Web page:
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Maui Film Fest preview
May 20, 2009 - Rick Chatenever
A phone call with Maui Film Festival Director Barry Rivers, especially at this time of year, is like trying to herd cats. Carrying on four conversations (two on phone) at once, the words and thoughts fly off in all directions.
“Are you going to Anthony’s,” he calls to one of his workers exiting the Maui Film Festival office in Paia. He doesn’t sound like he needs more caffeine.
“Order coffee for everyone … put it on my tab … tell them to call me if there’s a problem … they’ll recognize my voice.”
All that without taking a breath.
The frantic pace is standard operating procedure as Rivers nails down thousands of last-minute details for the Maui Film Festival at Wailea, which returns for its 10th anniversary season June 17 to 21.
The schedule was changing, literally, as he spoke. The announcement of this year’s celebrity honoree — or honorees —was still under wraps, but close.
This year’s featured films range from quirky comedies like Zooey Deschanel’s “500 Days of Summer” or Michael Cera’s “Paper Heart” to inspirational documentaries from the world of sports. These include “More Than a Game” about LeBron James’ school-days basketball team or all the legendary boxers who climbed into the ring “Facing Ali.”
As other film festivals across the country struggle to survive economic challenges, MFF has also cut back. There are some 60 to 65 films, including shorts, on the bill. The venues have been pared back to four: the outdoor Celestial Cinema and SandDance Theater in Wailea; and Castle Theater and McCoy Studio Theater at the Maui Arts & Cultural Center.
Rivers describes the 60-plus film lineup as “streamlined. It’s our 10th anniversary, but I call it a festival of the future. Every film counts, now more than ever.”
Nightly triple bills are slated for the festival’s “crown jewel,” Celestial Cinema — the magnificent outdoor venue under the stars on the Wailea Gold and Emerald Golf Course. Screenings will run at 8, 9:30 and 11 during the Wednesday-through Sunday schedule.
After all the ruckus last year, filmgoers can — repeat, CAN — bring their own beach chairs to the panoramic setting.
As the sky progresses from pastel twilight to mesmerizing starlight, the Celestial experience magically combines the fun of a drive-in, a humbling glimpse at astronomy and a child’s wonder at a fairy tale.
The tentative opening-night slate is “Highwater,” “Women and the Waves” and “Waveriders.”
“We’re opening with surf films,” says Rivers. “It’s Maui. What a surprise.”
The Celestial nightly $15 ticket price is good for any or all movies that night. The festival is also offering a range of passes covering all permutations of screenings and panels, with or without the Hollywood parties that glitz up Wailea for those few days.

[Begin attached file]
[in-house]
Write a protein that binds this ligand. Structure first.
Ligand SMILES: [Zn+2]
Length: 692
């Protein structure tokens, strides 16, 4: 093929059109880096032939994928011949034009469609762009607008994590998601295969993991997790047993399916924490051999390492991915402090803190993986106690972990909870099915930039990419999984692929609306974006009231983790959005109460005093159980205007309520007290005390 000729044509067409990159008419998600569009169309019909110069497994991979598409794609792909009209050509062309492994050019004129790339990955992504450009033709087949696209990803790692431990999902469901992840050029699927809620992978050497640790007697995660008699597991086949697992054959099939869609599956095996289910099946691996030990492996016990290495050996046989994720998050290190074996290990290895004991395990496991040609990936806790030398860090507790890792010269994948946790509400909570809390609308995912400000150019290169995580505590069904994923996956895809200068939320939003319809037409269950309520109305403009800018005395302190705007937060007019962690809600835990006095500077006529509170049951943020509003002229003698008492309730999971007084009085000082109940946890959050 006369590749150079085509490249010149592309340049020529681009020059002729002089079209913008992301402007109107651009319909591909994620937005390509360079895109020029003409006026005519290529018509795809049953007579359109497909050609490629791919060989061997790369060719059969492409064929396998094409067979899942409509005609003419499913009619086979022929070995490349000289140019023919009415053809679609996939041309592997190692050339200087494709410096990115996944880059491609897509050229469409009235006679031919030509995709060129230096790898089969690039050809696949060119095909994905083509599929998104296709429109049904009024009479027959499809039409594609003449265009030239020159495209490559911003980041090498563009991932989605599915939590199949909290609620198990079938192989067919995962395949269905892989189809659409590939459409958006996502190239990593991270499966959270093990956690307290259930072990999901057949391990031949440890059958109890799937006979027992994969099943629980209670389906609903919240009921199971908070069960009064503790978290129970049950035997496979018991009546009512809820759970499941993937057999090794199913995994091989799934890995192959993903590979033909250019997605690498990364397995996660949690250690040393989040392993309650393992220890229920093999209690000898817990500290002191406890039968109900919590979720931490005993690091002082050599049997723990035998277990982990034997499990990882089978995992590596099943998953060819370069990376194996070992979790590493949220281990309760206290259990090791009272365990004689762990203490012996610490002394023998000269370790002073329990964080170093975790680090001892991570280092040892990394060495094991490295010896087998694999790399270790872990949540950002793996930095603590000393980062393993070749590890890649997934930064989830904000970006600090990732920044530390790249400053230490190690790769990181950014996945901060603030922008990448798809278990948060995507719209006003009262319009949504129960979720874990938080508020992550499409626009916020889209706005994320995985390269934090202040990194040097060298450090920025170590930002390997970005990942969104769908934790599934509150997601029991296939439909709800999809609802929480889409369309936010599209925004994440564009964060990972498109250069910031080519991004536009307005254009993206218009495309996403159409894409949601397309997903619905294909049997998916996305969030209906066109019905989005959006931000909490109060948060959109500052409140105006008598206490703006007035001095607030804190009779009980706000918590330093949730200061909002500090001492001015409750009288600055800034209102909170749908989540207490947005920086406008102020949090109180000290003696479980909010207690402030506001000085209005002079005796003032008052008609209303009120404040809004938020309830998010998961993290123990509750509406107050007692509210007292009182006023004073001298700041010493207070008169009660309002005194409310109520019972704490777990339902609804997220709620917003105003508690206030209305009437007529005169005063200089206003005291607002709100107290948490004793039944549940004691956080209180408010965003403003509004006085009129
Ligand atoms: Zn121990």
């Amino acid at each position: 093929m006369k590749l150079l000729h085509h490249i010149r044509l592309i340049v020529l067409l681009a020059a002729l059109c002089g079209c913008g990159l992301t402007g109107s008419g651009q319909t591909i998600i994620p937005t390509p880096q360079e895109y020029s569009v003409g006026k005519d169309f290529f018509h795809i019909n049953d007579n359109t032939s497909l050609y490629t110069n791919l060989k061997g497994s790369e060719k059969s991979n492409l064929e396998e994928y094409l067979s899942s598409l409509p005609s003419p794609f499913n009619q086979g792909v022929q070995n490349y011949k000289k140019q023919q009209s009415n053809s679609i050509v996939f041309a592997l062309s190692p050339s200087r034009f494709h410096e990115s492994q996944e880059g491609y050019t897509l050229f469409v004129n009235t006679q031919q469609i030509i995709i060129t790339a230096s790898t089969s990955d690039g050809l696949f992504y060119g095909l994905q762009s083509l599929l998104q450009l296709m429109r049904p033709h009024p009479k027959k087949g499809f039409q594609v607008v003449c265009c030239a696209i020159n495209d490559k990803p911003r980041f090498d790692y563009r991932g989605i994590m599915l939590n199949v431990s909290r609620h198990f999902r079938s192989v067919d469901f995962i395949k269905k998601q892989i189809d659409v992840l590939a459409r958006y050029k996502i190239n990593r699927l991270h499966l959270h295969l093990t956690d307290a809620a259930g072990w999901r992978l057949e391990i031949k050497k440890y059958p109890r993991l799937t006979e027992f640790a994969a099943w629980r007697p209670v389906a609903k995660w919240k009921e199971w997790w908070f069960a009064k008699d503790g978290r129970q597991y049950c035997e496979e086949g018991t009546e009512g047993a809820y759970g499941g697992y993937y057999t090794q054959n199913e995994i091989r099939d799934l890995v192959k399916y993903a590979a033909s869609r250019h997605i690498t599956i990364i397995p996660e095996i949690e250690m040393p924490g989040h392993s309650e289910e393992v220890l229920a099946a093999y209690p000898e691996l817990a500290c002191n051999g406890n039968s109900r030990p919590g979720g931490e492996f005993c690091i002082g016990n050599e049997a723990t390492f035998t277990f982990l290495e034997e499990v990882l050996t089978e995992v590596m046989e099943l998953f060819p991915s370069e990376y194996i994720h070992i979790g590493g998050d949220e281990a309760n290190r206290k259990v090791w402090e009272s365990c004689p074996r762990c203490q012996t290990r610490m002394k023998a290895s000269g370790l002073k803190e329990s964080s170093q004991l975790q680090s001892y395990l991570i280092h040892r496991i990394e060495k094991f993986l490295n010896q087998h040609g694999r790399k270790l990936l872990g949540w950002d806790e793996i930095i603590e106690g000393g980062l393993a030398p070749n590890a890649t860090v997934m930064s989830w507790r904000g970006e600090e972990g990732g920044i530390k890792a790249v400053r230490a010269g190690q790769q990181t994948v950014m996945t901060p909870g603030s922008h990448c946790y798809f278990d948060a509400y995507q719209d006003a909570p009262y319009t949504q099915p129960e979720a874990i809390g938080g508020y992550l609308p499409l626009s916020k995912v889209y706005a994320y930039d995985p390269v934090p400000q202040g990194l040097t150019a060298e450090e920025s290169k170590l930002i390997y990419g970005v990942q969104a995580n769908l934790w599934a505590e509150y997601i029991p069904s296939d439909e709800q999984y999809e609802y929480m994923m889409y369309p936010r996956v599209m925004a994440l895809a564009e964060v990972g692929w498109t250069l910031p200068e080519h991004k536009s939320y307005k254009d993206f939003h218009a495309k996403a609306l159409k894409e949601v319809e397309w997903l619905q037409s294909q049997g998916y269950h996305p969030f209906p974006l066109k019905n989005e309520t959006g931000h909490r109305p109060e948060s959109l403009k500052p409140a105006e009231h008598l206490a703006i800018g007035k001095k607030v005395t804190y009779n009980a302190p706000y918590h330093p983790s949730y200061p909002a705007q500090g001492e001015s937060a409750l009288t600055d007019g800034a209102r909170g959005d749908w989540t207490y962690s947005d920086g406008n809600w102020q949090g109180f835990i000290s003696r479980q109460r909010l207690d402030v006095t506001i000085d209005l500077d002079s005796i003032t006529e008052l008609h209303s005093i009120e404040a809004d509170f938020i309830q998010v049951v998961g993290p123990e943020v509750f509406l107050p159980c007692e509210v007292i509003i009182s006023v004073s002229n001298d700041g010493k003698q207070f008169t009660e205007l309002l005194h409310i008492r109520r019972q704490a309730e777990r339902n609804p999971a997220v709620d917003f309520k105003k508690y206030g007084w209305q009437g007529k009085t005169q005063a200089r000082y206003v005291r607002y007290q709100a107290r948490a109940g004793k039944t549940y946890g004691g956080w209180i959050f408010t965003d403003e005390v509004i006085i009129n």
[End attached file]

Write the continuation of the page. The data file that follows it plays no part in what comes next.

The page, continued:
Rivers reports that this year’s passes represent savings from 25 to 60 percent off past years’ prices.
The other Wailea venue, the SandDance Theater, is literally right on the beach. Among its other attributes is the fact that it’s free. At press time, it was slated to be the setting for the festival’s celebrity tribute.
“We’re starting a new tradition for our 10th anniversary —the toes-in-the-sand tribute, year one!”
Meanwhile, back at the MACC, the festival will open with Japan’s Oscar-winning “Departures,” the heartwarming story from Japan of a classical musician forced to return to his family’s village.
The eclectic films touch on music with “Art Officially Favored” about the player of a unique instrument, or “Rock Prophecies” about a young blues prodigy whose father once ministered at Lahaina’s “Jesus is Coming Soon” church. “I Bring What I Love,” brings us an artist known as Africa’s Bob Dylan.
Addressing topical issues is “The Cove,” a documentary following a gutsy band of filmmakers who risked imprisonment to reveal the slaughter of dolphins for food in a Japanese village.
Maui Film Festival’s optimistic attitude and visionary philosophy have done as much to identify it among world cinema celebrations as the stars and filmmakers it has honored or the hundreds of movies it has shown.
“It’s under the stars, lit by the moon, powered by the sun,” says Rivers, alluding to its awareness of its environment and the green footprint it leaves there.
“It’s about shining a light on subjects that are sometimes hard going down. But it also knows how to have a good time!”
• Contact Rick Chatenever at firstname.lastname@example.org.
• Maui Film Festival ticket prices, information and scheduling updates are available at www.mauifilmfestival.com. Watch Maui Scene and The Maui News for breaking news about the festival.
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